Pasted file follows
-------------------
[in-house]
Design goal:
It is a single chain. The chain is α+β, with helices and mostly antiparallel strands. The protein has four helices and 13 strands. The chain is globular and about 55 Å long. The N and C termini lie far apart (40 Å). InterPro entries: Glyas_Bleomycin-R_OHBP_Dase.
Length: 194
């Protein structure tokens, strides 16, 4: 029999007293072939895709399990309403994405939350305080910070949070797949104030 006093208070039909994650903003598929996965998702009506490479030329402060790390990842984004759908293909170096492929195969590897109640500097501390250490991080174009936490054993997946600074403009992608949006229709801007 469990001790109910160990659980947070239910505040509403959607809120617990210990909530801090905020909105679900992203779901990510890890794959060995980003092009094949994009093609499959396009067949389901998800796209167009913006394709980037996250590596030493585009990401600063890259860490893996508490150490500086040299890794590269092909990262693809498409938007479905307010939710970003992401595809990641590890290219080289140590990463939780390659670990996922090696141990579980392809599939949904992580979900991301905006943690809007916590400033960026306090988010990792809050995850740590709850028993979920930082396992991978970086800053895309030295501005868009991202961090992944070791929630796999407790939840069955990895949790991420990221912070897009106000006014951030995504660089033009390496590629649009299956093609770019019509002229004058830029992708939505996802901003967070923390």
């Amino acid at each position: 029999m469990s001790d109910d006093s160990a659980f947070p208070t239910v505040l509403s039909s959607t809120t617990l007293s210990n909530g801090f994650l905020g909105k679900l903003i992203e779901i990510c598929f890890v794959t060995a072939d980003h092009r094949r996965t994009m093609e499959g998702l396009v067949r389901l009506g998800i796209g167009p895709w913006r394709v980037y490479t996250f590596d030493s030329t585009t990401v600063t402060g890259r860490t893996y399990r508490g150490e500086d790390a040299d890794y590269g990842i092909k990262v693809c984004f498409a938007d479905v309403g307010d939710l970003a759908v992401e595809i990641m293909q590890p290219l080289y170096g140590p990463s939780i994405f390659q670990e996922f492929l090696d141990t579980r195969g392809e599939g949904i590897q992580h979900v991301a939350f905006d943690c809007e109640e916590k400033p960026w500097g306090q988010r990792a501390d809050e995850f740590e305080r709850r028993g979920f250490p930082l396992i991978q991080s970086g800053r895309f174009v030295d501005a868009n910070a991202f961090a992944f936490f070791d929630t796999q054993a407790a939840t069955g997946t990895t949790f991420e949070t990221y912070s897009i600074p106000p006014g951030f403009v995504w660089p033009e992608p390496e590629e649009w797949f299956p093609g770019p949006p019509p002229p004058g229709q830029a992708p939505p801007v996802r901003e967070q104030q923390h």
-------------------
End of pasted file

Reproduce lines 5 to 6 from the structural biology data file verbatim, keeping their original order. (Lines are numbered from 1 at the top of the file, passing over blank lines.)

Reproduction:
């Protein structure tokens, strides 16, 4: 029999007293072939895709399990309403994405939350305080910070949070797949104030 006093208070039909994650903003598929996965998702009506490479030329402060790390990842984004759908293909170096492929195969590897109640500097501390250490991080174009936490054993997946600074403009992608949006229709801007 469990001790109910160990659980947070239910505040509403959607809120617990210990909530801090905020909105679900992203779901990510890890794959060995980003092009094949994009093609499959396009067949389901998800796209167009913006394709980037996250590596030493585009990401600063890259860490893996508490150490500086040299890794590269092909990262693809498409938007479905307010939710970003992401595809990641590890290219080289140590990463939780390659670990996922090696141990579980392809599939949904992580979900991301905006943690809007916590400033960026306090988010990792809050995850740590709850028993979920930082396992991978970086800053895309030295501005868009991202961090992944070791929630796999407790939840069955990895949790991420990221912070897009106000006014951030995504660089033009390496590629649009299956093609770019019509002229004058830029992708939505996802901003967070923390």
């Amino acid at each position: 029999m469990s001790d109910d006093s160990a659980f947070p208070t239910v505040l509403s039909s959607t809120t617990l007293s210990n909530g801090f994650l905020g909105k679900l903003i992203e779901i990510c598929f890890v794959t060995a072939d980003h092009r094949r996965t994009m093609e499959g998702l396009v067949r389901l009506g998800i796209g167009p895709w913006r394709v980037y490479t996250f590596d030493s030329t585009t990401v600063t402060g890259r860490t893996y399990r508490g150490e500086d790390a040299d890794y590269g990842i092909k990262v693809c984004f498409a938007d479905v309403g307010d939710l970003a759908v992401e595809i990641m293909q590890p290219l080289y170096g140590p990463s939780i994405f390659q670990e996922f492929l090696d141990t579980r195969g392809e599939g949904i590897q992580h979900v991301a939350f905006d943690c809007e109640e916590k400033p960026w500097g306090q988010r990792a501390d809050e995850f740590e305080r709850r028993g979920f250490p930082l396992i991978q991080s970086g800053r895309f174009v030295d501005a868009n910070a991202f961090a992944f936490f070791d929630t796999q054993a407790a939840t069955g997946t990895t949790f991420e949070t990221y912070s897009i600074p106000p006014g951030f403009v995504w660089p033009e992608p390496e590629e649009w797949f299956p093609g770019p949006p019509p002229p004058g229709q830029a992708p939505p801007v996802r901003e967070q104030q923390h």